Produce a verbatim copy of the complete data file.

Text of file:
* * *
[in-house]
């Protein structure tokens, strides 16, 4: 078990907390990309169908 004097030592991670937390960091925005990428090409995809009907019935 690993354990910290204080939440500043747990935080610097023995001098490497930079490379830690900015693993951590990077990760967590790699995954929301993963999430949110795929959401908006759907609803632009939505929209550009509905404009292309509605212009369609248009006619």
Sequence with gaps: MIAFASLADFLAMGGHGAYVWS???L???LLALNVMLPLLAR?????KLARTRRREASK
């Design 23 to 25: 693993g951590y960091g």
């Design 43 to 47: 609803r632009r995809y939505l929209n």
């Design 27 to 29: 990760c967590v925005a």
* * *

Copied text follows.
[in-house]
């Protein structure tokens, strides 16, 4: 078990907390990309169908 004097030592991670937390960091925005990428090409995809009907019935 690993354990910290204080939440500043747990935080610097023995001098490497930079490379830690900015693993951590990077990760967590790699995954929301993963999430949110795929959401908006759907609803632009939505929209550009509905404009292309509605212009369609248009006619």
Sequence with gaps: MIAFASLADFLAMGGHGAYVWS???L???LLALNVMLPLLAR?????KLARTRRREASK
């Design 23 to 25: 693993g951590y960091g």
């Design 43 to 47: 609803r632009r995809y939505l929209n």
């Design 27 to 29: 990760c967590v925005a």